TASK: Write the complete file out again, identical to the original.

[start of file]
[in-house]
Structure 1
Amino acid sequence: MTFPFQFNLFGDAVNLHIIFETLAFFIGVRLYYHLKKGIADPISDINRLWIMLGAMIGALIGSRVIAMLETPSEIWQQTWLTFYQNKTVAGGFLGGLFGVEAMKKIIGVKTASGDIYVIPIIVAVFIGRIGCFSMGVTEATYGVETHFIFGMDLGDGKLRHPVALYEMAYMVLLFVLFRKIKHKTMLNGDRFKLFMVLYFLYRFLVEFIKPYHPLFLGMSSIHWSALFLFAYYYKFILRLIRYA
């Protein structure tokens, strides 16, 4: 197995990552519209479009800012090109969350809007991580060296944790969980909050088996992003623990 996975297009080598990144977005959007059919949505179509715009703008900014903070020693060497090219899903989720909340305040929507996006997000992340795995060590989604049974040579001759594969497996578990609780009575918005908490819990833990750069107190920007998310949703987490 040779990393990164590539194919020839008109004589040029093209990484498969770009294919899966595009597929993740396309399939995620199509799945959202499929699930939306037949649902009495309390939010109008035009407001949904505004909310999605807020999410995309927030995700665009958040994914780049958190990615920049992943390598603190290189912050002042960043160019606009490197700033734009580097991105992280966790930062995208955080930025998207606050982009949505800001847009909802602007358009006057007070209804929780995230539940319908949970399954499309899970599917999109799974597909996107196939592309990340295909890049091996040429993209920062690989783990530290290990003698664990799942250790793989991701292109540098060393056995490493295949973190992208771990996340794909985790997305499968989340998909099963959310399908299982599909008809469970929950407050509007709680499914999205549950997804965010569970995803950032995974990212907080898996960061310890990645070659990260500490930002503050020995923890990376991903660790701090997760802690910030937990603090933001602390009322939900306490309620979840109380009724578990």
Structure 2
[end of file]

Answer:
[in-house]
Structure 1
Amino acid sequence: MTFPFQFNLFGDAVNLHIIFETLAFFIGVRLYYHLKKGIADPISDINRLWIMLGAMIGALIGSRVIAMLETPSEIWQQTWLTFYQNKTVAGGFLGGLFGVEAMKKIIGVKTASGDIYVIPIIVAVFIGRIGCFSMGVTEATYGVETHFIFGMDLGDGKLRHPVALYEMAYMVLLFVLFRKIKHKTMLNGDRFKLFMVLYFLYRFLVEFIKPYHPLFLGMSSIHWSALFLFAYYYKFILRLIRYA
């Protein structure tokens, strides 16, 4: 197995990552519209479009800012090109969350809007991580060296944790969980909050088996992003623990 996975297009080598990144977005959007059919949505179509715009703008900014903070020693060497090219899903989720909340305040929507996006997000992340795995060590989604049974040579001759594969497996578990609780009575918005908490819990833990750069107190920007998310949703987490 040779990393990164590539194919020839008109004589040029093209990484498969770009294919899966595009597929993740396309399939995620199509799945959202499929699930939306037949649902009495309390939010109008035009407001949904505004909310999605807020999410995309927030995700665009958040994914780049958190990615920049992943390598603190290189912050002042960043160019606009490197700033734009580097991105992280966790930062995208955080930025998207606050982009949505800001847009909802602007358009006057007070209804929780995230539940319908949970399954499309899970599917999109799974597909996107196939592309990340295909890049091996040429993209920062690989783990530290290990003698664990799942250790793989991701292109540098060393056995490493295949973190992208771990996340794909985790997305499968989340998909099963959310399908299982599909008809469970929950407050509007709680499914999205549950997804965010569970995803950032995974990212907080898996960061310890990645070659990260500490930002503050020995923890990376991903660790701090997760802690910030937990603090933001602390009322939900306490309620979840109380009724578990």
Structure 2